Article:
Newspaper Page Text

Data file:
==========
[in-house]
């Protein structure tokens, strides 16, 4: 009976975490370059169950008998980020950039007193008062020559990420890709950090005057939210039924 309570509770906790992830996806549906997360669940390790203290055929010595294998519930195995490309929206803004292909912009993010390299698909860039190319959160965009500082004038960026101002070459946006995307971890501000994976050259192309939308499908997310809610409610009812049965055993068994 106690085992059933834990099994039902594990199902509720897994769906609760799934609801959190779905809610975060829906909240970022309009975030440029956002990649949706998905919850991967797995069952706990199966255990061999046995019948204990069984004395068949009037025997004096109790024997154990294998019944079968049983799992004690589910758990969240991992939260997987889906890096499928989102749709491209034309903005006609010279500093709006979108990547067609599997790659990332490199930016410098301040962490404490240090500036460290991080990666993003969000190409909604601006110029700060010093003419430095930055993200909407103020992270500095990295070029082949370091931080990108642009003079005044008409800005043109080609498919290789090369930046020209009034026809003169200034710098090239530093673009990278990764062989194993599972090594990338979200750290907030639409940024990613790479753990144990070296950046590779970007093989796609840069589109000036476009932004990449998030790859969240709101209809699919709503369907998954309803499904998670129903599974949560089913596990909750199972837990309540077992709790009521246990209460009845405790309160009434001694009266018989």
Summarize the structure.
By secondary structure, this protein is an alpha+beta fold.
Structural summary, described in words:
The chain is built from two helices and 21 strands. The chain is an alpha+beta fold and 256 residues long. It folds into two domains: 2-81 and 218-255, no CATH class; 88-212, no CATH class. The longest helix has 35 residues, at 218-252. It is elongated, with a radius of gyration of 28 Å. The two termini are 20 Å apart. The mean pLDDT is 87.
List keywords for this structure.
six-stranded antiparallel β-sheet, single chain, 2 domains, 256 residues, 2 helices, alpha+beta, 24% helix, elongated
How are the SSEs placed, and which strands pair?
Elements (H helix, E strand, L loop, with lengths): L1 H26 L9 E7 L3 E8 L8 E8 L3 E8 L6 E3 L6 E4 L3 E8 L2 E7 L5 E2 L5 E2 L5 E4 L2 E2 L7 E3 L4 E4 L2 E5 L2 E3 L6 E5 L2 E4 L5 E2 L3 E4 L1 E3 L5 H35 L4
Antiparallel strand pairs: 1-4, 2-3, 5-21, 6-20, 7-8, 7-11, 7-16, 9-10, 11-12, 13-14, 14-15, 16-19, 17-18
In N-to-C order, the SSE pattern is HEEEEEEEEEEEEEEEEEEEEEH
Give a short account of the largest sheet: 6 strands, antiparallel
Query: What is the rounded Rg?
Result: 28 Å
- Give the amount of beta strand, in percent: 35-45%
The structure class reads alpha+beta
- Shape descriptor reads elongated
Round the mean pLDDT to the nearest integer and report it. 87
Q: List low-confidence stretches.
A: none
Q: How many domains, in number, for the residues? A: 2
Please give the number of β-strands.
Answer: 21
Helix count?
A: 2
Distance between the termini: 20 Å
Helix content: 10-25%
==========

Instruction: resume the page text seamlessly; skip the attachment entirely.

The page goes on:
VOL. XVII NO. 217. BARRE, VE11MOXT, FRIDAY, NOVEMBER 28, 1913. TRICE,- ONE CENT. THE BARRE 1ES COYOTES EAT WAR VICTIMS Gruesome Discoveries on a Mexican Battlefield by Americans . TWO WOUNDED MEN PICKED UP ON FIELD General Villa Keeps After the Defeated and Flee ing Federals El Paso, Texas, Nov. 28. Coyotes have attacked the graves of the federal and rebel soldiers killed in the battle at Ticrra Blanra this week and buried on the battlefield. In another place the wind has blown away the thin layer of sand which had been thrown over the bodies. Americans on visiting the field on Thanksgiving dny also found two wound ed soldiers, whom they sent to the hos pital at Samalayuca a few miles south of the bnttlefield. The body of a rebel soldier who had been taken prisoner by the- federals during the battle was found ltnging to a tree. ,The federals have torn up the rail road track and destroyed the telegraph line in many places to prevent General Villn's troops from pursuing by train. A work tram sent to the soutn to re pair the line so that Villa can proceed to Chihuahua heard that three hundred cavalry horses, abandoned by the fed erals in this retreat, have been found by rebel scouts several miles below the battlefield. ; ' ONE MILL SETTLES WITH ITS FIREMEN Amerfcan Woolen Co. at Lawrence, Mass., Reached Agreement and Its Fire Men Went Back to Work To-day. Lawrence, Mass.. Nov. 28. An agree ment was reached between the American Woolen company and its striking fire men, as the result of which the firemen returned to work in the company's mills to-day. The men struck for an 8-hour day, and the nature of the settlement has not been made public. The Ameri can Woolen company employs 76 licensed firemen. The men were still out in the Other mills to-dny. ' " ' NO SYMPATHETIC STRIKE. Schenectady Railroad Co. Men Did Not Join General Electric Men. Schenectady, ' N. Y.', Nov. 28. Mem bers of the state . board of mediation arrived to-day in an effort to settle the strike of 14,000 employes of the General Electric company. A conference between officials of the company, the strike com mittee and Socialist Mayor Lunn was to take place to-day. The threatened sym pathetic strike of the employes of the Schenectady Railroad company did not materialize to-day, MARKED INCREASE IN R. R. CASUALTIES 140 More Killed and 8,283 More Injured on United States Railroads for Quarter of 1913 Than in Same Period in 1912. ' Washington, D.' C, Nov. 28. The in terstate commerce commission's accident bulletin was issued to-day for the quar ter ending June 30 last. It shows that as compared with , the returns for the corresponding quarter in 1912 there was an increase of 140 in the number killed and 8,283 injured in railroads accidents in the United States. Defective railway and equipment caused more than 69 per cent of all de railments. The total number of casual ties for all classes of accidents incident to railroading during the quarter was 2,535 killed and 49,911 injured. The to tal number of collision and derailments reported for the quarter was 3,590, of which .350 affected passenger trains. FERDINAND GOES BACK TO THRONE Thus Giving Lie to Repeated Reports . x That He Intended to Abdicate Bulgarian Power. Vienna, Nov. 20. King Ferdinand of Bulgaria, whose Jong sojourn in Austria led to the repeated reports that he in tended to abdicate his tlirone, left for Sofia this morning. CONVICTS AS MINSTRELS. Thirteen of Them at Windsor Enter tained Their Fellows. Windsor, Nov. '28. The spirit of Thanksgiving yesterday entered the Ver mont state prison here, when the 200 convicts were treated to a minstrel show given by 13 of their fellow inmates. It was a splendidly rendered program and the costumes were elaborately devised. Jokes, ballads, buck and wing dancing, violin and piano solos and vocal duets made up the program. One of the features was the address by a convict, who said he wanted to start a prison paper to be called the Monitor. This publication is to be pat ented after the paper now printed in the Inisons in Ohio and Minnesota. His idea las been recommended by Supt. Lovell and will soon be brought to the atten tion of the state board of prison com missioners. A number of townspeople were present at the prison chapel yesterday to encour age the convicts their efforts to improve. TO BE MOTHER OF 15 BABIES Mrs. L. Bracket Bishop of Chicago Will Adopt Fifteen Varieties as Deter , mined by Nationality. Chicago, Nov. 28. Mrs. L. Bracket Bishop, wife of a wealthy business man, made known yesterday that she plans to become the mother by -adoption of 15 children, each to represent one of the 15 most characteristic racial types. Her plans became known when her representatives visited local orphan asy lums in search of the nucleus of her future family. Mrs. Bishop later said that friends now touring Europe had been asked to find babies representing such races as she could not recruit in Chicago. The unique family, according to Mrs. Bishop, will include a negro baby, on In dian, an Arab, a Japanese, a Malay, a German, a Chinese, a Scandinavian, an American, an Irish, and babies repre senting several of the South American countries. Jn explaining her plan Mrs. Bishop said she waB in hopes of obtaining babies in which the racial characteristics of each promised to develop most thor oughly. The plan, she said, had been under consideration since the death of her two daughters, 25 years ago. Mr. Bishop opposed it until recently, how ever, when she said he had been won over. She is in hopes of getting babies about one year old. "We will move from the hotel where we are now living to a comfortable, good sized house in the outskirts as soon as the family is started," said Mrs. Bishop "and we intend to bring the children up as nearly as possible as the American family of moderate means. "They will go to the public schools and I hope to show that in spite of their different nationalities and racial traits they will grow as brothers and sisters as I mean to be a mother to them all." ' Mrs. Bishop said some oi her" friends had attempted to dissuade her from the idea, suggesting that the family would become known as I he Human oo. SKIDDING AUTO KILLS WOMAN. And Her Child Was Injured at Wren tham, Mass. i Wrentham, Mass., Nov. 28. With her 4-year-old child in her arms, Mrs. Joseph Smith of West Somerville, Mass., was thrown from her husbands automobile, when the machine skidded yesterday aft ernoon and was killed. She sustained a fracture of the skull and died five minutes after a physician arrived. The child escaped with a brok en arm. Medical Examiner Gallison of Franklin was called and the body was taken in charge by a North Attleboro undertaker. TALK OF THE TOWN Charles Barrows, jr., of Vergennes ar rived in the city yesterday to visit his parents, Mr. and Mrs. Charles E. Bar rows, of Central street. Ovila W. Boyea of . Highland avenue left this afternoon for his former home in Malonc, N. Y., where he will spend several days with relatives. Henry (1 Whitaker of Chicago arrived in the city yesterday for a few days' visit at the home of his father, Dr. E. B. Whitaker, of Merchant street. W. H. Dewey, who has been engaged in this city for the past few week constructing the roof on the new North Barre school house, has returned to his hornet, at Laconia, N. II. Adolphus Gonyo, who recently under went an operation for appendicitis at the Heaton hospital in Montpelier, has returned home and is now able to be out of doors. Mr, Gonyo will resume his duties in the, city water department. The big bowling contest at the l'a Ta llin Alleys is still on and interest is run ning higher than, ever. Don't fail to make the best of the offers. Never be fore has such an appealing contest been arranged; prizes worth over $30 to be given away. . Drop in and see us any time. ' Misses Nina Bottinelli and Ida Bianchi returned this morning from Burlington, where thev spent Thanksgiving with friends. I'eodoro Bottinelli of Chicago is spending a few daya with relatives on High Hoi born street. Miss Anna Boulan ger resumed her duties in A. P. Ab bott & Co. 'a store, after spending a few (lays in Websterville. Thanksgiving day at the City hotel was the occasion of one of the biggest dinners the management has served in years. There were many townspeople entertained at the house at the dinner hour, Landlord Snow serving no less than seventy-six people from 1 o'clock until 3. Among the out-of-town guests who registered yesterday and to-day were C. L. Russell of Sunapee, N. H., Mr. and Mrs. Louis Crouch of Boston, Mr. and Mrs. John Leonard of New York, II. F. Baldwin of Burlington, O. M. Holer of New York and C. C. Bownton, of Chcsine, Conn. , Harry F. Baldwin, who has been pass im; the summer and fall in Brandon, ar rived in the city yesterday for a few days' visit with friends. Mr. Baldwin has been engaged to manage the Allen hardware store in Winooski during the absence of the proprietor, who is to pass the winter in California.. He will go to Winooski to-morrow and in connection with' his new duties he will conduct a correspondence school In lettering, along the lines of the school which he opened in Barre last year. J. he school will be located in the Strong building in Bur lington. Mrs. John Gray of North Seminary street is suffering rather painful burns as the result of a peculiar mishap which she experienced while serving refresh ments in Clan Gordon hall Thanksgiving eve. It was during the intermission of a dance that Mrs. Gray was carry ing a tray of coffee from the kitchen to the hall. She was trying to thread her way through the crowd without spilling the contents of several coffee cups on the tray, and as she started to pass through a door, someone came from the opposite direction and upset the coffee bv pushing tne door against it. Hot coffee flew in every direction and "Mrs. Gray was badly spattered in several places. Friends thought she had been badly burned and rushed her to the Cummings 4 Lewis pharmacy, where one of the druggists applied healing lo tions. There were several painful burns about the neck and breast, but Dr. John H. Woodruff, who was hastily sum moned, eaid they" were mostly superficial. Mrs. Gray was removed to her home, where her condition to-day was reported to be comfortable. HOODOO STICKS TO BUILDING Another Fire Blazes Out in a New York Sky scraper NEIGHBORS DRIVEN INTO THE STREETS There Have Been Numerous Fires, in Addition to Wall Collapse New York, Nov. 28. A loss of up wards of $100,000 was caused early to day bv a lire which completely burned out four of the upper floors of the Liv ingstone building at the corner ot west Broadway and Third street. When this building was in the course of construc tion in 1898 one of the walla fell into the street, killing twenty people, and since then the building has been visited by numerous fires, the origin of which some times was unexplained. . Such was the case to-day, and the blaze was so spectacular and threaten ing that the occupants of a six story apartment house adjoining were ordered from their ; beds and driven into the street. TRIED TO HANG HIMSELF. Joseph W. Richardson of Rutland Was Jealous of His Wife. Rutland, Nov. 28Undcr the influence of what is declared by his wife to be ill-founded jealousy, inflamed by much liquor, Joseph W. Richardson, a machin ist employed by the Rutland Manufac turing company, attempted to take his own life early Wednesday by hanging himself to the bedpost, with a strip of blanket. He made the attempt in the sleeping room of his wife, who heard him, and he was prevented from carry ing out his intentions. The man him self declared to the authorities that he made no attempt upon his life, but the statement that he did is borne out by his wife, her sister, Miss Marion Hier, and a boarder, Lorenzo Sprague. Spragne is employed at the new theatre, and it is alleged that Richardson suspected him of over friendly relations with his wife. FOUR MILLION FUND EXCEEDED Total of $4,061,300 Raised in Fortnight for New York Y. M. C. A. and Y. W. C. A. New Y'ork, Nov. 28. The campaign for a $4,000,000 fund for the Young Men's Christian association and the Young Women's Christian association, which has been in progress for the last fortnight, closed successfully Wednesday night when it was announced that a to tal of $4,061,500 had been reached. IN POLICE COURT. Thanksgiving Eve Two Men Were Taken to Headquarters. Thanksgiving eve saw. a pair of early holiday celebrators gathered into the arms of the law and lodged at police headquarters over night. Officer John W. Dineen went to 88 Maple avenue and arrested Frank X. Gredler on the com plaint of his wife. Thomas Ash had got as far as Blac.kwell street when Officer George K. Carle intercepted him. Both men were out of the toils in time for dinner yesterday, for city court con vened earlv. Gredler pleaded guilty to a second offense and said he would have occasion for a good deal of gratefulness on Thanksgiving day if the judge would let him sign the pledge for a year. He was allowed to affix his signature to a legal promise enjoining him to abstain until Nov. 27, 1914. A fine was re mitted and Gredler went his way after paying costs of $4.05. ror .Thomas Ash it was tne nrst of fense to which he pleaded guilty. Judge H. W. Scott fined him $5 and added costs of $5, which the respondent paid. Pompio Galli, Charles Maflini and Luigi Brovelli came into court this fore noon to clear up the uncertainty sur rounding an alleged scuffling affair on Center street in the early watches of laBt Monday morning. Maffini, a 67-year-old respondent, and Galli, had al ready pleaded guilty to breach of peace charges and Brovelli followed suit to day. The trio told a story, the salient features of which were very similar, but the state decided to probe nearer the bottom of the affair, if possible, and to that end Casar Franzi and Levi Bianchi were asked to take the stand. Their stories tended to corroborate the recital of facts as given by the respondents, each of whom was fined $5. Galli's cost were $6.54, Mafflni paid $..48 above the fine, and the costs in Brovelli's case were $8.42. The men were arrested by Offi cer Dineen on complaints made by Grand Juror A. G. Fay. Chief Sinclair arrested a man in the M. &. W. freight yards this afternoon and took him to police headquarters. He will be arraigned later on an intoxi cation charge. The man is said to be a resident of Montpelier. BRINK OSBORNE. x Marriage Took Place on Thanksgiving Eve at Pastor's Home. On Wednesday afternoon, a quiet wed ding took place at the Methodist par sonage, whe,n Fred C. Brink and Miss Mary Osborne were united in marriage by the paBtor of the Hedding church. The couple were attended by Mr. and Mrs. Richard Verete. The bride was prettily attired in a brown traveling suit, w'ith trimmings of pale blue. The ring service was used. The couple will lire in Barre and their many friends wish them much happiness. Elliott W. Blodgett, aged 64 years. ! who did at his home in Brattleboro (their qualifying examinations only a Sunday, was a former postmaster andishort time ago and on account of their bailiff, and retired from the grocery bust- youth will be able to make another con- ness 10 years ago. A3IERICAN PEOPLE SHOULD BE GRATEFUL No Other Nation in the Universe Has So Much Reason for Thankfulness of Many Manifest Blessings. Thanksgiving day was observed by the parishioners of St. Monica's church with the celebration of mass at 9 o'clock, Rev. P. Mi MeKenna officiating. There was a large attendance, rivaling that of previous years. During the course of his sermon, Rev. Fr. MeKenna pointed out many instances, both spiritually and earthly, when thanks and gratitude were necessary for the grace bestowed upon the people during tne past year. The speaker said in part: "As we gather here to give thanks to Almighty God for the blessings and favors be stowed upon us during the past year we ought to feel predominately happy, as there is not a nation in the universe that eniovs the individual liberties as does the United States. It is not pos sible to enumerate all the reasons for thanksgiving, and I will mention only a few. . . "First, as a nation we owe thanks to God. America is a nation of freedom. There is no tyranny evident, as in many countries. It is emphatically a country of freedom and opportunity. Opportu nity presents itself for the ever-increasing tide of immigration pouring into this country and none are oppressed. It is emphatically a government of the people, by the people, for the people. God made man with a free will, and this is the freest 'country under the sun, where man exercises his freedom of will unbounded. "The United States is the fairest field for Catholics and religions of all denomi nations.. All forms of religious worship are tolerated. There can be no doubt but that at times indications of bigotry and ill-feeling crop out, such as is now prevalent in many foreign lands. In these lands the church is despoiled and robbed of its properties and charities, the offerings of the faithful during the centuries. But in this coutitrv there are no such signs of oppression. Therefore, the Catholics have many reasons to be thankful to God. , "Let us come home and get a better understanding of personal and individual favors conferred upon us. There is the boon of existence, for which the ma jority of us are not grateful. We are not grateful for the handiwork of God that we have existed through all eter nity from the abyss of nothingness. That we should enjoy it, just gaze cm the beautiful . creation. Think of bo manv millions of souls in the world. God loves each individual of the uni verse equally. As the sun shines from the planets and heats each one individ ually, ao the incomprehensible love of God -i shared mutually. This love of God is as miraculous as each day of creation. "We should also give as much thanks for our preservation as for the boon of existence. If we give so great thanks for the natural order of things and the bountiful harvests, we owe so much more for the fortune of living. During the past year many have been colled away from our parish and many, un prepared, have parted, who at the out set of the year gave much apparent promise of Jong lite and enjoyment of God's given word. We are here to-day looking upon God's work, yet we deserve less of life's mysterious preservation than many of those who have parted. We are given more time, yet we do not comply closely with God's word and we negleet our duties and wander from the . course of Christian life. God has not yet called on us. and have we not to be thankful f He has given us more; time to prepare for the end and a joyful I eternitv, " ! "Who can foretell the infinite mercy of GodT He has given us time and the grace of redemption. We do not know any particularity of the extraordinary gifts and blesnings of God. The holy mass is an offering to God, and yet we at times are prone to neglect this duty. When we fall into sin, His grace is the infallible means of restoration. ' "The Holy Church takes into account thanks offered at all places and at. all time to the Almighty God. Therefore, we have to be thankful for God's high blessings on earth and to men. We ought to be thankful for our conserva tion and our preservation, for favors of the spiritual order and the prevail ing peace and for other bountiful gifts. We should be thankful that he lias pre served our lives. For whatever favors we may have extended to us by God let us be grateful and use them to the honor and glory of the name of God and for the betterment of our fellow-men." BETHEL MAN NAMED. James H. Wilson Is the Next Rhodes Scholar from Vermont. Burlington, Nov. 28. James II. Wil son of Bethel, who was graduated from the. University of Vermont in 1911, has been appointed as Rhodes scholar from this state. He was one of the six can didates who were eligible for the appoint ment. He succeeds Elias Lyman, jr., one of his classmates at Vermont, when Mr. Lyman finishes his three-year scholar ship at Oxford next June.. The Rev. Charles C. Wilson of this city, Univer sity of Vermont, '97, who was a former Rhodes scholar from this state, is a brother of the appointee. Mr. Wilson prepared for college at Whitcomb high school in Bethel, gradu ating in 1!H)7 and entering Vermont that fall. While at the university he was a thorough student and a good tennis play er, and made many warm friends, lie is a member of the Delta Pst fraternity and was elected to Phi Beta Kappa at his graduation. After graduating he taught school for two years in Hyde Park, and this year he is principal of "the Enosburg Falls high school. He will leave for Oxford just in time, for 25 years is the limit in age for the scholar ships, and while Wilson enters on Octo ber 14, he will be 25 years of age ten days later. The committee which has charge of the selecting, iwnsists of President G. P. Benton, chairman, the Rt. Rev. A. C. A. Hall, the Hon. J. A. DeBoer and Presi dents J. M. Thomas and C. H. Spooner. Those who have qualified for selection, in ddition to Wilson, are h. H. Touslev from Middlebury college, R. W. Daniels and J. Randall Norton from the Univer sity of Vermont, John K. C. Voss and Evans T. Kidder from Middlebury col lege, Raymond L. Grismer from the University of Vermont and W. C. Gilbert from Dartmouth. The tw o last took test for the prize. SAW'S RAVAGES CAUSED DEATH Mark H. Daniels Died in the Hospital from Terri ble Injuries HE WAS CONSCIOUS TO THE VERY END Accident Happened Wednes day East of Wil liamstown Mark H. Daniels of Adamant died at the City hospital soon after midnight on Thursday morning as the result of in juries received at the Moulton saw mill on the Chelsea road out of Williamstown Wednesday forenoon. Although the saw penetrated half way through the body, severing the root of one lung, the liver and intestines, the man retained con' sciousness to the last and gave minute instructions as to the disposition of his property. Physicians who ministered to his Bufferings said that death was In evitable. The remains were removed to B. W. Hooker 4 Co.'s mortuary chapel In the Blanchard building. . Moulton's mill, so-called, is the prop ertv of ex-Senator Harry Daniels of East Montpelier. brother ot tne oe ceased. Mark started from Adamant Wednesday morning to get a yoke of oxen to Ins brother at the mill. Arriv ing at Moulton's, he went into the mill. One of the mill hands was laboring with an unwieldy board and it was when Mr. Daniels went to his assistance that lie slipped and fell over backwards onto the saw Btandard. A circular saw turning several hundred revolutions a minute caught in his clothing and before the machinery could be stopped it had ground a diagonal course through three ribs half way through the body. .Mr, Daniels was a heavy man and with one leg slightly lame. It is thought that he was unable to recover his balance, once he found himself slipping. Mill hands, who carried the man into a house, summoned Dr. W. H. Hurley of Williamstown and an ambulance later brought him to the City hospital. The deceased leaves a wife, who lives in Adamant, a daughter residing in Sher burne. two sisters, Mrs. Orlando Clark and Mrs. W. L. Clark of East Mont pelier and five brothers, ex-enator nan els, George Daniels of Calais, Pearl Dan iels of Warren, Fred Daniels of Fairfax and L. Daniels of Woodbury. He was born in Woodbury Sept. 18, 1859, and had been twice married. For several vears he had tilled a farm at Adamant. The funeral will be held in the church at South Woodbury Saturday afternoon at 2 oclock and the interment will be made in the village cemetery there. GRANITE DEALER JAMES SCOTT DEAD He Had Attended To His Duties Up To Time Stoneshed Closed Wednesday Night for the Holiday Funeral Sunday. James Scott, a former member of the city council and one of Barre's promi nent granite manufacturers, passed away at his home, 66 Pleasant street, this morning at 1 o'clock, death following a period of ill health Which extended over a year. The end came unexpectedly, as Mr. Scott had been attending to his regular duties at Scott Bros.' plant right up to Wednesday night, when work was suspended for the holiday. He leaves a wife, a son, Albert Scoft, and an aged mother. Mrs. John Scott, who lives in Auehenblae, Scotland. There are also four sisters and five brothers surviving as follows: Mrs. James Edwards, Mrs. James Ogston, Mrs. John Shirrirts and Miss Helen Scoft. all of whom live in Scotland, and William Scott, his partner in the granite business, John Scott, Henry Scott and George Scott of Scot land and Ernest Scott of Bernard, Wash. The deceased was born in Auehenblae, Scotland, Jan. 30, 1858. He came to America more than 30 years ago and March 2, 1888, he married Miss Jennie Mathieson in this citv. Mr. Scott al ways retained an interest in city and school affairs and in 1000 he was elected for a two-year term to serve as alder man from ward four. Thirteen years ago he embarked in the granite business with his brother. Mr. Scott whs a mem ber of the First Presbyterian church and also belonged to Operative Masonic lodge, No. 150. His death will be .deeply mourned in many quarters. Funeral services will be held at the First Presbyterian church Sunday after noon at 2 o'clock, the pastor, Rev. Dun can Salmond, officiating. The interment will be made in Elmwood cemetery. MRS. RH0DA OVERMAN. Died at Waterbury and Funeral Will Be in Barre Saturday. The death of Mrs. Rhoda Overman, wife of the late John Overman of New York and a sister of P. S. Prior of North Main street, who died only re cently, occurred at the state hospital in Waterbury on Thursday evening at 7 o'clock. Mrs. Overman had been in poor health for seven months and previous to her removal to the state hospital five months ago she had been a patient at the City hospital. Two sisters survive, Mrs. Mary Allen of Chicago, and Miss Sirotia Prior of Williston. Mrs. Over came to Barre. from Ivew lork about 11 years ago. For several years she ma i de her home with her brother. The remains were brought to Barre this afternoon at 3 o'clock. Funeral services will be held at B. W. Hooker & Co.'s mortuary chapel in the Blanch ard building Saturday -afternoon at 2 o'clock. Rev. John II. Reardon, pastor of the Universalist church, will officiate, and the interment will be made in Hope cemetery. PLENTY OF REASON TO BE THANKFUL Yet There Are Bad Conditions Which Should Prompt the Best Endeavors of All To Combat, Said Rev. E. F. New ell at Union Thanksgiving Service. At the union Thanksgiving service at the Presbyterian church Wednesday evening, Rev.. E. F. Newell took as his subject, "Thanksgiving to God for Good Things Working with God for Better Things, the text being a part of the second verse of Psalm 05 and the ninth verse of Galatians 6, as follows : "I.et us come before His presence with thanks giving," and "Let 'us not be weary in well-doing, for in due season we shall reap it we faint not. After declaring that it shows the base ness of ingratitude not to return thanks to God, Dr. Newell said in part: "There are so many people who com plain and murmur at their Jot in life and yet there are so many things to be thankful for, for eyesight, for hearing, for sanity, for fairly healthy bodies ves, it sometimes is well to be thankful for trouble, as this may bring out the very best in us. Why are we so slow to thank God in times of adversity as well as in prosperity, in time of sickness as well as in health, for the little things as well as for the larger things? At this season of the year we have so many things to be thankful for. "1. For the splendid harvests taken from the surface of the earth wheat, corn, cotton, rice; thankful for the cat tie, the timber, etc. "2. Thankful for business interests that cause wealth to be taken from the bowels of the earth eoal, iron, gold, sil ver: thankful for the wealth from the sea fisheries, commerce. 3. Thankful that no famine has come to us, no epidemic like that of yellow fever, no plague to take away by aeattt thousands of our people. "4. Thankful that business is so good throughout the length and breadth of our land. "There are harvests however, that we are not thankful for the harvests of sin. 1. As Babylon, Greece, Rome, with all their glory in architecture, in litera tnre, in art, in powerful armies, lost power till ruin shows us to-day where once glory was and all because the peo- pie of those nations were intemperate, Sabbath breakers, worshippers of men made idols; because they were ignorant. superstitious, unmoral; because there was lack of Hiblical conscience, char acter and mercy among so many of those in power; because there was too much desire for mere material wealth, so many times obtained without regard to what God calls right; because of un just taxation; because of disregard of the best interests of the common peo ple too often crushed under the heel of those who wished them to make bricks almost "without straw"; because there has been too little sympathy between capital and labor, as each has often failed to appreciate what is due the oth er and instead of working together have sometimes fought each other; because, too, there , have been those who have sometimes denounced Christianity as a base superstition and done what they could to wreck its power, so the lesson for us to-day is for America to beware of the fate of so manv nations that have gone and are now going down with loss of power becauRe of sin. "2. Sin wrecks homes till those wlio dwell there almost wish for death to give them reft. Sin so slowly creeps upon and destroys true life that, like a pan ther as he creeps slowly at first betore the fatal spring, so sin almost uncon sciously steals upon its prey till the fa tal spring that destroys true life. To change the figure of speech, sin is sow ing awful harvests of sin. "The American Civic Reform union is responsible for these statements: 'Over 2,000 girls arc enticed into a lite ot shame - each week; 1,500 boys begin smoking cigarettes each day; 75 per cent of our young men have venereal disease and are unfit to marry; the saloon kills' over .100,000 people each year and pauperizes many more; di vorces are being granted at the rate of 1.10 each day; 50 per cent of the boys sent to the reform schools are from i homes broken by divorce; the practice of polygamy has been resumed in Utah and the Mormon elders are importing women from England and the southern states for the purpose of supplying the mand for additional wives. "We are not thankful for the harvests of sin being reaped in our courts, jaila workhouses, in unhappy Tiomes and blighted lives. We are thankful, how ever, for the splendid harvests of right eousness gathered during the past year 1. Thankful for men with splendid piritnal vision for men like some of those at the head of the nation familiar with the helpfulness of the prayer meet ing. "2. Thankful for great inspirational gatherings where not only the preach ers but the laity a.'O getting new visions of opportunities to seize. 3. thankful that the different de nominations are working together more for the conquest of the world for Jesus Christ, as we are making less of dogimt and more of the real spirit of Christ. "4. Thankful that we see the spirit ual age dawning as splendid Christ-like work is done among those people coming to us from lands across the seas; work for the black man and the poor white in the Southland, for the poor and the unfortunate in our large cities, for those who need a greater spiritual vision in our rural communities. The golden age is coining that is to appeal to reason and with conscience, to life that shall bring capital and labor together crowned with the spirit of the Carpenter of Naz areth. It is coming as our churches are waking to their responsibilities, not waiting for congregations to come to them, but going out during the week to try to remove evil and help, those who need help. It seems as if we tgp getting back more and more to the teachings of the Christ. "Why do we not sr-e greater results in our own city? We believe we should do more for God, Who is ready to help those anytime who are ready to do their part. Why should we cease to do our part, often stumbling over the failings of others? It is not the deserters that win the fight, but those who, regardless of others, do their whole duty. ''We need to pray, to work. There are so many shirkers. It is a splendid thing to toil, when the labor is honor abhs Who cares to belong to the 400 if all they do is to make society calls? Those who toil for the common good command our respect. To be sure we shall be criticised, if our work amounts (Continued on fifth page.), DAY OF THANKS AND FEASTING Barre's 1913 WellGivei. Ar -ary the Observance MANY FESTIVITIES OVER HOLIDAY The Religious Side Was Not Overlooked by the Churches Thanksgiving was accorded its cus tomary observance in Barre yesterday with very nearly a complete suspension of business in every quarter. Stores, office and stonesheds were closed and if a scattering few drug stores and fruit shops had condescended to shut their doors for the time-being, the lid would have been securely fastened. - Thanks giving weather of the frost and jing'e- bells variety did not prevail, but tne air was decidedly onsK ana orr,cing. Clear skies, enough of the sun to make it pleasant, and a north breeze that trav eled fast enough to temper the appetite made a weather combination that sub stituted admirably for the tinseled tur key day of the picture post cards. Everywhere, as in the past, tne aay was made tne occasion ior nurarrum family reunions and likely enough there were tables aplenty that were graced with real turkey. I his in spite oi tne fact that the national bird soared up almost into the 40 cent latitudes in the days preceding Thanksgiving. Outgoing trains were not uncomtortabiy pacKea during the day nor on the day previous, so the assumption is that people who came to Barre for Thanksgiving out numbered those who left the city to spend the day. The religious observance ot me aay of thankfulness began Wednesday night, when five Protestant churches of the city united in a union service of thanksgiving at the First Presbyterian church. The custom was established -one year ago and met with such a marked degree of success that the pastors were encouraged to attempt a second joint service. The attendance was gratifying. The services were in charge of the I'resbyterian pas tor, Rev. Duncan Salmond. Dr. J. W. Bamett of the Congregational church of fered prayer and Rev. George II. Holt, pastor of "the First Baptist church, read the governor's Tluinksgiving proclama tion. Rev. J. B. Reardon of the Univer salist church read the scripture lesson and Rev. E. F. Newell of the Hedding Methodist church preached the sermon. His remarks were punctuated with force ful reasons why the year mid snouiu be one of thanksgiving in a peculiar measure. Dr. Newell pronounced the benediction. Music for the service was furnished by the Presbyterian choir. Tlmrsdav forenoon special services were held" in the Church of the Good Shepherd and at St. Monica's church. After the celebration of mass at St. Monica's. Father P. M. MeKenna ad dressed bis congregation in characteristic manner on the spirit ot inanKsgiving. For secular diversions there were dances and the "movies." At the BaFre opera house there were large matinee and evening crowds for "Quo Vadis" in motion pictures. Other picture houses in the city did a circus business and dances Thanksgiving eve and again last night were liberally patronized. Thanksgiving Festivities. The first annual banquet of the Car- pathla club was held Wednesday even ing at their rooms in the Henderson building. There were present about 50 people, including many persons from out of town. The banquet was served at 8 o'clock. Mrs. Sassie acted as caterer. At the conclusion of the banquet, post prandial exercises were in order. Lu cius Gallagher acted as toast master. Among those who were called upon to respond were: George Mcintosh, "The Ladies"; Henry Skerritts, "New Eng land"; Gus .Herning, "France"; James Bainbridge, "Football"; Peter Maberini, "My Last Trip Home"; John Duncan, "Tile Prevalence of Present Day Evils." The banqueters departed for their homes at a late hour Wednesday night. Peter Maberini, Louis Sassl and James Bain bridge composed the committee in charge of the banquet. At their rooms in tho Seampini btitld ing over 40 members of the Italian Pleasure' club gathered to observe Thanksgiving with their annual Thanks giving eve banquet. Previous to the banquet the banqueters indulged in a musical and literary program of note. Wednesday evening at the Knights of Columbus hall in the Seampini building the Barre council held its annual Thanks giving ball. There was a large attend ance present. Music was furnished by the Goddard seminary orchestra. Re freshments of cake and coffee were served during the evening. Riley's orchestra furnished music on Wednesday night for the public dance held in the Howland hall. The dance continued until 1 o'clock. Never before has such a large number of couples at tended a public dance in this city. , The masquerade ball, which was held in Gilbert's hall, Graniteville, Thanks giving eve, was attenaea oy ui coupies, including 85 couples in costume, repre senting different nations. The special feature of the evening was a flashlight picture, taken by Photographer Corliss as a souvenir of the occasion. Dancing was in order until 5 o'clock and a first class time was reported by all. The committee is charge of the ball were B. Finnigan, W. Duquet. R. Fraser, M. Miles, Ed. McNeil and L. Halligan. They wish to thank the public very cordially for .their liberal patronage. Weather Forecast Increasing cloudiness and . warmer, probably local showers to-night or Sat urday; moderate northeast and easi winds.